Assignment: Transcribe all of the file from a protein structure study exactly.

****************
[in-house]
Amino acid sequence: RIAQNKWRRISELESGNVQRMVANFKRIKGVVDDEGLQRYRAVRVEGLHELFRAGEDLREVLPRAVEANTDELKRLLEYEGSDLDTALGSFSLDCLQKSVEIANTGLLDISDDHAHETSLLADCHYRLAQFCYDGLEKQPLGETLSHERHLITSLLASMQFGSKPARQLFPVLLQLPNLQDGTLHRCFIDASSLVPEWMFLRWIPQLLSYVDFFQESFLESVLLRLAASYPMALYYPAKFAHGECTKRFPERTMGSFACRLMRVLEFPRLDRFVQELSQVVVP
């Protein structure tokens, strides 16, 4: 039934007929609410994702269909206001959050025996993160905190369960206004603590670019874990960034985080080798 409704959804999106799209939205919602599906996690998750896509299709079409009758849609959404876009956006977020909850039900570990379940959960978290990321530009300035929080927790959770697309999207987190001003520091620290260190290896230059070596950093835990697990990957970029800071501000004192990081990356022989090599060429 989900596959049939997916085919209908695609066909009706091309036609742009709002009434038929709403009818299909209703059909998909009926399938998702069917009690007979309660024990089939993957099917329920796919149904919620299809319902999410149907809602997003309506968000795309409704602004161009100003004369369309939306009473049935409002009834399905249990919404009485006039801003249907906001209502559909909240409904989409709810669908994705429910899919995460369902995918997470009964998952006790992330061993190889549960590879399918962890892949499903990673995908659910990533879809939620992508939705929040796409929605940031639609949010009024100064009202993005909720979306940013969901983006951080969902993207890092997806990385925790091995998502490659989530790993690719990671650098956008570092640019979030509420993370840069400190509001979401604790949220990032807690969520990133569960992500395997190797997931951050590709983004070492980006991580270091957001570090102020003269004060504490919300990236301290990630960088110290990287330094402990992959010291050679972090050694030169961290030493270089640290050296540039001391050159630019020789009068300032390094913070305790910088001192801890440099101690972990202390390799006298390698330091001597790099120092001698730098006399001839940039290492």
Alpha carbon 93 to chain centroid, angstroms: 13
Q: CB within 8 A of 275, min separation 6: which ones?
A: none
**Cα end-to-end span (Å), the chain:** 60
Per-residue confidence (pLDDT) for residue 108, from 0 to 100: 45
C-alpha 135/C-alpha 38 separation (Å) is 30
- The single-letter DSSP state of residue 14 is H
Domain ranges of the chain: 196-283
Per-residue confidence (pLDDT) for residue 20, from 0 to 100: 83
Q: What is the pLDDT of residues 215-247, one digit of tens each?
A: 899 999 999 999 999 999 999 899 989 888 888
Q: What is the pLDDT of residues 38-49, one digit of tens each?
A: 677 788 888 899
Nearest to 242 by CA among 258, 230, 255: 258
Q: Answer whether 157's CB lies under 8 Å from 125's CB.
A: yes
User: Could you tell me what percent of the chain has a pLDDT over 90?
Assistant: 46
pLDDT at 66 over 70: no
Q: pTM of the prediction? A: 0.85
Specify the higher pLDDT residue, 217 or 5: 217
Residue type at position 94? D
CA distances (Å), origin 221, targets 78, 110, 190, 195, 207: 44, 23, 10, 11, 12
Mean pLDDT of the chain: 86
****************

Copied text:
[in-house]
Amino acid sequence: RIAQNKWRRISELESGNVQRMVANFKRIKGVVDDEGLQRYRAVRVEGLHELFRAGEDLREVLPRAVEANTDELKRLLEYEGSDLDTALGSFSLDCLQKSVEIANTGLLDISDDHAHETSLLADCHYRLAQFCYDGLEKQPLGETLSHERHLITSLLASMQFGSKPARQLFPVLLQLPNLQDGTLHRCFIDASSLVPEWMFLRWIPQLLSYVDFFQESFLESVLLRLAASYPMALYYPAKFAHGECTKRFPERTMGSFACRLMRVLEFPRLDRFVQELSQVVVP
């Protein structure tokens, strides 16, 4: 039934007929609410994702269909206001959050025996993160905190369960206004603590670019874990960034985080080798 409704959804999106799209939205919602599906996690998750896509299709079409009758849609959404876009956006977020909850039900570990379940959960978290990321530009300035929080927790959770697309999207987190001003520091620290260190290896230059070596950093835990697990990957970029800071501000004192990081990356022989090599060429 989900596959049939997916085919209908695609066909009706091309036609742009709002009434038929709403009818299909209703059909998909009926399938998702069917009690007979309660024990089939993957099917329920796919149904919620299809319902999410149907809602997003309506968000795309409704602004161009100003004369369309939306009473049935409002009834399905249990919404009485006039801003249907906001209502559909909240409904989409709810669908994705429910899919995460369902995918997470009964998952006790992330061993190889549960590879399918962890892949499903990673995908659910990533879809939620992508939705929040796409929605940031639609949010009024100064009202993005909720979306940013969901983006951080969902993207890092997806990385925790091995998502490659989530790993690719990671650098956008570092640019979030509420993370840069400190509001979401604790949220990032807690969520990133569960992500395997190797997931951050590709983004070492980006991580270091957001570090102020003269004060504490919300990236301290990630960088110290990287330094402990992959010291050679972090050694030169961290030493270089640290050296540039001391050159630019020789009068300032390094913070305790910088001192801890440099101690972990202390390799006298390698330091001597790099120092001698730098006399001839940039290492």
Alpha carbon 93 to chain centroid, angstroms: 13
Q: CB within 8 A of 275, min separation 6: which ones?
A: none
**Cα end-to-end span (Å), the chain:** 60
Per-residue confidence (pLDDT) for residue 108, from 0 to 100: 45
C-alpha 135/C-alpha 38 separation (Å) is 30
- The single-letter DSSP state of residue 14 is H
Domain ranges of the chain: 196-283
Per-residue confidence (pLDDT) for residue 20, from 0 to 100: 83
Q: What is the pLDDT of residues 215-247, one digit of tens each?
A: 899 999 999 999 999 999 999 899 989 888 888
Q: What is the pLDDT of residues 38-49, one digit of tens each?
A: 677 788 888 899
Nearest to 242 by CA among 258, 230, 255: 258
Q: Answer whether 157's CB lies under 8 Å from 125's CB.
A: yes
User: Could you tell me what percent of the chain has a pLDDT over 90?
Assistant: 46
pLDDT at 66 over 70: no
Q: pTM of the prediction? A: 0.85
Specify the higher pLDDT residue, 217 or 5: 217
Residue type at position 94? D
CA distances (Å), origin 221, targets 78, 110, 190, 195, 207: 44, 23, 10, 11, 12
Mean pLDDT of the chain: 86